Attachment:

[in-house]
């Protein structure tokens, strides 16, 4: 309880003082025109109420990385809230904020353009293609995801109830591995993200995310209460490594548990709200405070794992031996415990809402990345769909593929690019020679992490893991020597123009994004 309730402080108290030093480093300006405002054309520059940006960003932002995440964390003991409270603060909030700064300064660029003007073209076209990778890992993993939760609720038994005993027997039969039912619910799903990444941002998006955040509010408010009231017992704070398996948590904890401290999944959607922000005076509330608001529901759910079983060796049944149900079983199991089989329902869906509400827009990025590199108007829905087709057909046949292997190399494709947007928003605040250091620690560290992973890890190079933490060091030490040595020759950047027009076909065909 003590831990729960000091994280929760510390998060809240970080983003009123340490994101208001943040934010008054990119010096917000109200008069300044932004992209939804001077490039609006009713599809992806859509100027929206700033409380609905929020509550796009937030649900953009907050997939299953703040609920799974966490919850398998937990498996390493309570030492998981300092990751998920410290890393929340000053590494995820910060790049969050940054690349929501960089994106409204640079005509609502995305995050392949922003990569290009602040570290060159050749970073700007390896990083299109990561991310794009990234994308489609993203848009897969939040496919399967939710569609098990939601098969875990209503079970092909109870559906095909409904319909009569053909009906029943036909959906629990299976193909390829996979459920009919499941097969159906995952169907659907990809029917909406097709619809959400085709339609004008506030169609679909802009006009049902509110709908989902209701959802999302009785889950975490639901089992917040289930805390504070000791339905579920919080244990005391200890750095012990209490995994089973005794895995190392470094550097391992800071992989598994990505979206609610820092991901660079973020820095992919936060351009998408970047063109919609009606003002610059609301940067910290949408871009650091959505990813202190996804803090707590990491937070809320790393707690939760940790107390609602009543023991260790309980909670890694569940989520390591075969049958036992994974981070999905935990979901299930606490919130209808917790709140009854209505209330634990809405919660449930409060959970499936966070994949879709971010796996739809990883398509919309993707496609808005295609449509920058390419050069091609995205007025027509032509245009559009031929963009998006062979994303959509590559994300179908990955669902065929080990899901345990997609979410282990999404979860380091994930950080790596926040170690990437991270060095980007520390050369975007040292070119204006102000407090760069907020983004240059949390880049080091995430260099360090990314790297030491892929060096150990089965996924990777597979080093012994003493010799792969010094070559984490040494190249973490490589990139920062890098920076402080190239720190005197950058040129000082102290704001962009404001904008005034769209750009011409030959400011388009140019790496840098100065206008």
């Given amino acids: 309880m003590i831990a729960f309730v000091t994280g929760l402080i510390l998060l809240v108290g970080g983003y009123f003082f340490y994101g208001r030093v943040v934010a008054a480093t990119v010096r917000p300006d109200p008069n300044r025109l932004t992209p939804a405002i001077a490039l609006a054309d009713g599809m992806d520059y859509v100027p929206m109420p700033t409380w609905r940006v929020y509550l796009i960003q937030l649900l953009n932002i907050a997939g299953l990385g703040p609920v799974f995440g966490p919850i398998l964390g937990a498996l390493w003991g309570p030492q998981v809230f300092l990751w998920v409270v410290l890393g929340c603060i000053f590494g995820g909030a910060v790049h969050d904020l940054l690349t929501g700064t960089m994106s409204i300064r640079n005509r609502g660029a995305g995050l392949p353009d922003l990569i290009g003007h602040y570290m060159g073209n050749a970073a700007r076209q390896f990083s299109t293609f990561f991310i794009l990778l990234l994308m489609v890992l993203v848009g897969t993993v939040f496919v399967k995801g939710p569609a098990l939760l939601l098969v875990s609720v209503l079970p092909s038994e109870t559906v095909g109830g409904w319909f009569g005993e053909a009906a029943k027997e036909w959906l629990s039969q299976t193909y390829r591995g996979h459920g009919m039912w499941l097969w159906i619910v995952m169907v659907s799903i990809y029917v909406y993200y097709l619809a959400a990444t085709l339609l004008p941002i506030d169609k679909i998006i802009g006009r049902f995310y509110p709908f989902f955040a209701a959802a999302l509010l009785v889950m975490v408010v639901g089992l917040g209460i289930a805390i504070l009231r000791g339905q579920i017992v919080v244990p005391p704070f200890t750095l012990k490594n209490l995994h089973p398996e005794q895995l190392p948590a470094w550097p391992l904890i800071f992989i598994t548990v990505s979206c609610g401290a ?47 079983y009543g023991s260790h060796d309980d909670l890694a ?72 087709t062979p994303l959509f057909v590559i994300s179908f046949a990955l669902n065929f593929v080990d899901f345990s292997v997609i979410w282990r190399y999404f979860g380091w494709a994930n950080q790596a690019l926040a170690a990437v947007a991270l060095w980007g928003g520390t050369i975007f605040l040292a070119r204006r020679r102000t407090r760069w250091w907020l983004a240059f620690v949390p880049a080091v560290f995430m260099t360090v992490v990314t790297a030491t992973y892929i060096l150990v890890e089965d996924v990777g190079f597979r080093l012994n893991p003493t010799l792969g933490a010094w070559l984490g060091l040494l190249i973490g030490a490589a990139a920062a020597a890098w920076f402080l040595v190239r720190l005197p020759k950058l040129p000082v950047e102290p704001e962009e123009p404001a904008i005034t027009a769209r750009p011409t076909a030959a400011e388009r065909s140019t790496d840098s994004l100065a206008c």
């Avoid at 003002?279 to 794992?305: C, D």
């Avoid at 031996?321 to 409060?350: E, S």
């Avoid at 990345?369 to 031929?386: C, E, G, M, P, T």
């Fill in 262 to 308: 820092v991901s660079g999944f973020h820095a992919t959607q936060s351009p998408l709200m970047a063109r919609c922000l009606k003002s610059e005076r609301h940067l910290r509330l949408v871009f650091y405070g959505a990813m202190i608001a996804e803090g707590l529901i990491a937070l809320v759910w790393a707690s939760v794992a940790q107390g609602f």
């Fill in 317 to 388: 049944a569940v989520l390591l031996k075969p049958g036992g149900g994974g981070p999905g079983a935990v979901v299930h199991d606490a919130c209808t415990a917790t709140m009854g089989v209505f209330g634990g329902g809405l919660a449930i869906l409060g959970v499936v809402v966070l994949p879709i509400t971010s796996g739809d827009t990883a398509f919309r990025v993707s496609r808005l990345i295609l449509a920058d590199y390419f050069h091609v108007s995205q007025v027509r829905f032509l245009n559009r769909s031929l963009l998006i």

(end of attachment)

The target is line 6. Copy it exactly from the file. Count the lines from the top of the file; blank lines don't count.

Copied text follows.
């Avoid at 990345?369 to 031929?386: C, E, G, M, P, T």